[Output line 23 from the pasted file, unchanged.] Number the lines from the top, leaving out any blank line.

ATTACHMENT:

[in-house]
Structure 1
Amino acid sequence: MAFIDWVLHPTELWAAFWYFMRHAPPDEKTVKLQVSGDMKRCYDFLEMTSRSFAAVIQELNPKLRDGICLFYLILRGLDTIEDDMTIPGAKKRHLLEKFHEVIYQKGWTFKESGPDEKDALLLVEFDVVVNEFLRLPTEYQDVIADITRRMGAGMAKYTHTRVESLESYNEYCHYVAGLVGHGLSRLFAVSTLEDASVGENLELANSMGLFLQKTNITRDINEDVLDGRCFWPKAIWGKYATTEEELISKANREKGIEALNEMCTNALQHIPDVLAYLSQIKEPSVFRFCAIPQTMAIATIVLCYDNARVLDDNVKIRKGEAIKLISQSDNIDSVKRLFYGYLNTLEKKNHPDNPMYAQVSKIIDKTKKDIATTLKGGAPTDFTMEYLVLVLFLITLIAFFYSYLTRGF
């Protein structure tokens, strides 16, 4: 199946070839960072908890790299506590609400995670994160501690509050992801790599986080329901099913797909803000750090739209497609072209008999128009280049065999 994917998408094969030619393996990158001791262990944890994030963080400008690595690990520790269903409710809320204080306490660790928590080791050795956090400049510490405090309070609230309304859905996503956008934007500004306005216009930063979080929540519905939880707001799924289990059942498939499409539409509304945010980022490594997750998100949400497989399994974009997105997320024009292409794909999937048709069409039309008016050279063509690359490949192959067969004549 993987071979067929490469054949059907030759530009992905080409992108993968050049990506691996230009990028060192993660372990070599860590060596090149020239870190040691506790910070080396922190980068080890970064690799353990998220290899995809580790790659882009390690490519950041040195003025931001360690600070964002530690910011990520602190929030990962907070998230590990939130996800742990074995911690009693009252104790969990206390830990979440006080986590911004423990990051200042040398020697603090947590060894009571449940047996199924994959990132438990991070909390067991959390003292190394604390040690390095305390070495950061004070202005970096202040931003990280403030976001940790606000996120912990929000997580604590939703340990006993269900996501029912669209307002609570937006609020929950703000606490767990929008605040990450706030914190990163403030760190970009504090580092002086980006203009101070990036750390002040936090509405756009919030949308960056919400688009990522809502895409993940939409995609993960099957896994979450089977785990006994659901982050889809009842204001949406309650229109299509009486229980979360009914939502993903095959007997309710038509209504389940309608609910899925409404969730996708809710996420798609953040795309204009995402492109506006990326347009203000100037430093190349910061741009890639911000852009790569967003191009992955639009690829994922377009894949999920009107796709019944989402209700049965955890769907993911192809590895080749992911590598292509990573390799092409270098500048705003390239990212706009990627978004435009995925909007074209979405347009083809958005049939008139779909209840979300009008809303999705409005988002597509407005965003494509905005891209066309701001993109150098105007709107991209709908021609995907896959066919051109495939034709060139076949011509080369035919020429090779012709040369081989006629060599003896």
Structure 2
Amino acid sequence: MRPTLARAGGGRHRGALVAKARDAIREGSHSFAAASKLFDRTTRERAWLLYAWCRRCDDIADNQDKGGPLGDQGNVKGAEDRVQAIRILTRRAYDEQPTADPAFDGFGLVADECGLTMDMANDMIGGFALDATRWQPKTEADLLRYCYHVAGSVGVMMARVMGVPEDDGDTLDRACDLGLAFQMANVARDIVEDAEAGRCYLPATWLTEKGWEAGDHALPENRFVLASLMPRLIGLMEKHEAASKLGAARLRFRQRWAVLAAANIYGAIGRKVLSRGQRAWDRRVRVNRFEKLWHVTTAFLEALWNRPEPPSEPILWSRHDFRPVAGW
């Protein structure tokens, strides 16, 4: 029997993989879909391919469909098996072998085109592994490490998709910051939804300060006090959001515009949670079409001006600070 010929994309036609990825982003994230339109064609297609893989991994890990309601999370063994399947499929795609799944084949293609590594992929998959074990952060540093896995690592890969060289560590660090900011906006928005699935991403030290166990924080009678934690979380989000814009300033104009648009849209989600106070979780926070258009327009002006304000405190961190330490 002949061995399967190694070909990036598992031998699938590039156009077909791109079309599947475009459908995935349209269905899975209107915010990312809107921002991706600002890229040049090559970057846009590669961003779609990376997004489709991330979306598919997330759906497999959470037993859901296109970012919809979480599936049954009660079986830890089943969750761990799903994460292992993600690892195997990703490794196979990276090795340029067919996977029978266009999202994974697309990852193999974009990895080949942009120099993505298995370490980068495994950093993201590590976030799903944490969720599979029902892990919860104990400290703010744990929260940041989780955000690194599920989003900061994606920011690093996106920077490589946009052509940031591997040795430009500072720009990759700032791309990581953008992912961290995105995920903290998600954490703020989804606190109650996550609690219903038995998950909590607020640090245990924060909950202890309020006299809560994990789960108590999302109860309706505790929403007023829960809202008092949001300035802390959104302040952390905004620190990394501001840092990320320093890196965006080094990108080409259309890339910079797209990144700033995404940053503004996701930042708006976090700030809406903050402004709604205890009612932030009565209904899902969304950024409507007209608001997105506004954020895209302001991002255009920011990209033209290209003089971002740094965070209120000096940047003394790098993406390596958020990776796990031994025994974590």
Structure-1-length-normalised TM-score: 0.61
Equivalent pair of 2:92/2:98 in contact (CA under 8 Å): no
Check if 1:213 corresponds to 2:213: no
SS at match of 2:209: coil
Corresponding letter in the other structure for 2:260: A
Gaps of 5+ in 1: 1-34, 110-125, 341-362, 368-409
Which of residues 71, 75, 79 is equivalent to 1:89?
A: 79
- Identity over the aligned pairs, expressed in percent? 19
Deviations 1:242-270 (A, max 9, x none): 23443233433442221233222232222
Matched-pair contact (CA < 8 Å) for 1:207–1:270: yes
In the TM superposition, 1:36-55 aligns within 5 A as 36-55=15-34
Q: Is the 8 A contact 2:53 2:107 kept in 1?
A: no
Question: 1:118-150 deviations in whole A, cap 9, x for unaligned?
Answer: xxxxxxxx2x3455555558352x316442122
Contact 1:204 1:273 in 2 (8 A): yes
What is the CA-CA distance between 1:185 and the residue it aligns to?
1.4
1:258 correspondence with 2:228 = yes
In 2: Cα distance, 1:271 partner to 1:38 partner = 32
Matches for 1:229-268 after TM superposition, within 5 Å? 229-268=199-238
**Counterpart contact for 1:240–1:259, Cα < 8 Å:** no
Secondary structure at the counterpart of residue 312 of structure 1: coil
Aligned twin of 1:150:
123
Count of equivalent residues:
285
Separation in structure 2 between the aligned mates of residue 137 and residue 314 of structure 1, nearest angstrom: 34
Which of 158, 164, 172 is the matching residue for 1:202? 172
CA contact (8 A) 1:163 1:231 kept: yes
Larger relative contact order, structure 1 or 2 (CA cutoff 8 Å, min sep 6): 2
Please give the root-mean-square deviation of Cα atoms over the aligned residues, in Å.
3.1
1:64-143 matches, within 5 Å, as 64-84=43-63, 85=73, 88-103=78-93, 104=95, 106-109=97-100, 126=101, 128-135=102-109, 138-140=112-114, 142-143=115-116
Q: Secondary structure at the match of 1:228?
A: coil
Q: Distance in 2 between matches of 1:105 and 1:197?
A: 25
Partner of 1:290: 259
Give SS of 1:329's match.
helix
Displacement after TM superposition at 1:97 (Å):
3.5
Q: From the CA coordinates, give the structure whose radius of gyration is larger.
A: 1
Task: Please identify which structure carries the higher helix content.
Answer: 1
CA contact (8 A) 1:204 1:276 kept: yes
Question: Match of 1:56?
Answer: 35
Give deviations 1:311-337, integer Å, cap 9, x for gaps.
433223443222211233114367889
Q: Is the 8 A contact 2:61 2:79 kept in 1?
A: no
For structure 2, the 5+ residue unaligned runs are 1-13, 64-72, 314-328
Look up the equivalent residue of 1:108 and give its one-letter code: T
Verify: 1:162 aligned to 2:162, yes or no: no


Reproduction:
Answer: xxxxxxxx2x3455555558352x316442122